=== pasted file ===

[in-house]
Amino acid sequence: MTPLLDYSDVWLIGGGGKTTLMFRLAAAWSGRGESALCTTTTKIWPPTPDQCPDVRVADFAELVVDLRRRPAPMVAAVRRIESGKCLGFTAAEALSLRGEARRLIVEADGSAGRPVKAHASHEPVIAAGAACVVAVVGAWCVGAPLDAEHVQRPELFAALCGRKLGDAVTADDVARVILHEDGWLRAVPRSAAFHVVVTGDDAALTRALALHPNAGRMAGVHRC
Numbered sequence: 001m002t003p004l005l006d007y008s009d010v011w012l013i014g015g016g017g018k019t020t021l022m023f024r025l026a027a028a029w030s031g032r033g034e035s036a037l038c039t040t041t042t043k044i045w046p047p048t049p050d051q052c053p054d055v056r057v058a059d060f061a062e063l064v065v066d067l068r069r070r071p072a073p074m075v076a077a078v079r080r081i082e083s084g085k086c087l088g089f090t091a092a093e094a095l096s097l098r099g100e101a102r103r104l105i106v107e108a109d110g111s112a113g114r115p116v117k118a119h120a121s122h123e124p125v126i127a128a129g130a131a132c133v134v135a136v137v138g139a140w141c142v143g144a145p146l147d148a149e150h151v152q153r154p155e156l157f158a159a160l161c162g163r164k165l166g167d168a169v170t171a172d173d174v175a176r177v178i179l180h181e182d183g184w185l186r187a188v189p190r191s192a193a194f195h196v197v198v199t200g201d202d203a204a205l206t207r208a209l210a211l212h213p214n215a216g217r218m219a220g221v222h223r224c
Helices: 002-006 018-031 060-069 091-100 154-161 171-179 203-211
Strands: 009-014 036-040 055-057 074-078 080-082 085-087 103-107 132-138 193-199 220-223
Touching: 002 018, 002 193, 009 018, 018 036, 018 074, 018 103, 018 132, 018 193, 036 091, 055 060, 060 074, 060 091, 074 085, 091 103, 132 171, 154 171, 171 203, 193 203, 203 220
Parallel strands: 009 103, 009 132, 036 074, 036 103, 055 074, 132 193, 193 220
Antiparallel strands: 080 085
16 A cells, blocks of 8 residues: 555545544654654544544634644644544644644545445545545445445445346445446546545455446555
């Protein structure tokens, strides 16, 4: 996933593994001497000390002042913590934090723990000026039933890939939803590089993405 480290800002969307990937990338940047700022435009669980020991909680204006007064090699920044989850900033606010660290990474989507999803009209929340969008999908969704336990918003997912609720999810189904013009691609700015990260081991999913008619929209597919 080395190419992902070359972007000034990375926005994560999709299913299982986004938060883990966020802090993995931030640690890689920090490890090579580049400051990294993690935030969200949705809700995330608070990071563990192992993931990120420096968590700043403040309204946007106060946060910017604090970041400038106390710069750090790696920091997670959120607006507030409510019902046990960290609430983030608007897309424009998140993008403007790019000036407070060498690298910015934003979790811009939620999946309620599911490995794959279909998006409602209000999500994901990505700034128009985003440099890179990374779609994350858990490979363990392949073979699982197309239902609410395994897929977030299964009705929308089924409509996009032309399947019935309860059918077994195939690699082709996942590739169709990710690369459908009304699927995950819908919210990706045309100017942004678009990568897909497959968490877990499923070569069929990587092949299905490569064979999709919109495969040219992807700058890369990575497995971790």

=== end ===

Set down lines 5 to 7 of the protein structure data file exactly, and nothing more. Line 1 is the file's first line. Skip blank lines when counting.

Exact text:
Strands: 009-014 036-040 055-057 074-078 080-082 085-087 103-107 132-138 193-199 220-223
Touching: 002 018, 002 193, 009 018, 018 036, 018 074, 018 103, 018 132, 018 193, 036 091, 055 060, 060 074, 060 091, 074 085, 091 103, 132 171, 154 171, 171 203, 193 203, 203 220
Parallel strands: 009 103, 009 132, 036 074, 036 103, 055 074, 132 193, 193 220